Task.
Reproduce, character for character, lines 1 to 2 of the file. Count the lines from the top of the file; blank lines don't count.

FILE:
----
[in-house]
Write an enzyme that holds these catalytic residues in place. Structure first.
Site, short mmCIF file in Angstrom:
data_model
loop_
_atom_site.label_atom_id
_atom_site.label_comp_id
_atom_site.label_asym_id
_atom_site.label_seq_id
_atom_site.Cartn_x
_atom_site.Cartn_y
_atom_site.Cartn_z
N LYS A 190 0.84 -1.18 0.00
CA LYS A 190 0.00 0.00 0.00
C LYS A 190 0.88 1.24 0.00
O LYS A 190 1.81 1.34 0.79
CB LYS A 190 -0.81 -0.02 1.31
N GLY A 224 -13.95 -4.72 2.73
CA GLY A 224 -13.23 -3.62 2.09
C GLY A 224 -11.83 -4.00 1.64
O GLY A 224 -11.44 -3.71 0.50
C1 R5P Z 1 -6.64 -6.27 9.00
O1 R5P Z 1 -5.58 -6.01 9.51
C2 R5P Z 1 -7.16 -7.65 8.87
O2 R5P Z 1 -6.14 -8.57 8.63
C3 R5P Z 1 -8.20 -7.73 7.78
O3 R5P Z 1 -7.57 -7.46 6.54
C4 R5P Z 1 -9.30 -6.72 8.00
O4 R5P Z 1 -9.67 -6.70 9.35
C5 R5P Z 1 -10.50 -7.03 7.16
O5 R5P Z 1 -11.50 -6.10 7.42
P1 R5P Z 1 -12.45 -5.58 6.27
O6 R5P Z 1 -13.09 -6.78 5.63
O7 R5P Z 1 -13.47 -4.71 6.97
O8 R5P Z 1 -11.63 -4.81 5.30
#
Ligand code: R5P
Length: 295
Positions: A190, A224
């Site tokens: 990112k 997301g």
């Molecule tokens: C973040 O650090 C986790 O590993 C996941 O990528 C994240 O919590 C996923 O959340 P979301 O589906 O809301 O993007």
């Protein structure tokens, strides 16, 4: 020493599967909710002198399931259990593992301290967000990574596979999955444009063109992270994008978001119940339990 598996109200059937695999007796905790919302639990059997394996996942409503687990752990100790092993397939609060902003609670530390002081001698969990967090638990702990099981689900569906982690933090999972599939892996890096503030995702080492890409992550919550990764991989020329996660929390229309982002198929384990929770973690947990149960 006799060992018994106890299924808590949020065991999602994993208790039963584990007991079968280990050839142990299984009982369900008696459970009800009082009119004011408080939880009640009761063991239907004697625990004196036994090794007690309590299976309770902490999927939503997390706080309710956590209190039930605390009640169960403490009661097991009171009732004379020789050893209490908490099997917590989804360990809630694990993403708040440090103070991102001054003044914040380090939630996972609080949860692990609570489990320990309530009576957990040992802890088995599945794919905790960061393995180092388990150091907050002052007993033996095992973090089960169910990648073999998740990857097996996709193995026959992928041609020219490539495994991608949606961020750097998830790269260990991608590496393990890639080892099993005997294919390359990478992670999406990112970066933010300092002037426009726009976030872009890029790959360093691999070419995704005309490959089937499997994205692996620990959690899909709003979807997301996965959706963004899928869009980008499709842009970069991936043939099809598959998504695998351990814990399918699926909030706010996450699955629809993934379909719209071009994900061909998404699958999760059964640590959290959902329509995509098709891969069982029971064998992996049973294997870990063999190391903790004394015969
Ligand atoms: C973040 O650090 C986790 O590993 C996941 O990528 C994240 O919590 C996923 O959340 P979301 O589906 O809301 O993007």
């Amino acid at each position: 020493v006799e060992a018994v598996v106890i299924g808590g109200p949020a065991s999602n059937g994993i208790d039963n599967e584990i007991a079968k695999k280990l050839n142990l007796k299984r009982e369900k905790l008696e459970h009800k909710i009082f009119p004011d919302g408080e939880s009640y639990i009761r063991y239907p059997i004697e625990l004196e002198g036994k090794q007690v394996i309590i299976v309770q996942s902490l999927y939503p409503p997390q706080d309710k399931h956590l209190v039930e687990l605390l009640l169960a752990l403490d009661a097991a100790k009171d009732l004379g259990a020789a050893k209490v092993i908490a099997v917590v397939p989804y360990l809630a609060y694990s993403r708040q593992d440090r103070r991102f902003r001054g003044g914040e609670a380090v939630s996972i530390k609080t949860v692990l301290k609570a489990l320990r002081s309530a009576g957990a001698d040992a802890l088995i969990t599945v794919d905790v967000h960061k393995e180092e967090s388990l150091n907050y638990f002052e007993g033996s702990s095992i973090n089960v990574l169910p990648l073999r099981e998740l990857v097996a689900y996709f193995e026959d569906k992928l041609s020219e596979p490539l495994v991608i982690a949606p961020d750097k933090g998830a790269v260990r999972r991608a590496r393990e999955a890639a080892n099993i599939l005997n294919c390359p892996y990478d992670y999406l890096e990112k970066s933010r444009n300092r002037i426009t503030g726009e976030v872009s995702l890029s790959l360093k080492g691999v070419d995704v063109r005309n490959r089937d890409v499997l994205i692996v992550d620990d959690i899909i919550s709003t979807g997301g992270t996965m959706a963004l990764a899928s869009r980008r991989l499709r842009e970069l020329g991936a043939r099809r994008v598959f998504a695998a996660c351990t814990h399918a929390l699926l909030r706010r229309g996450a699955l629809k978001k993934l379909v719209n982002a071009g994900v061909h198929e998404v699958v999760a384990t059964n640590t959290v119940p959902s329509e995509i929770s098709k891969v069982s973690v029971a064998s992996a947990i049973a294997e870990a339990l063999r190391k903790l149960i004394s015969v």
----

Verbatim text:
[in-house]
Write an enzyme that holds these catalytic residues in place. Structure first.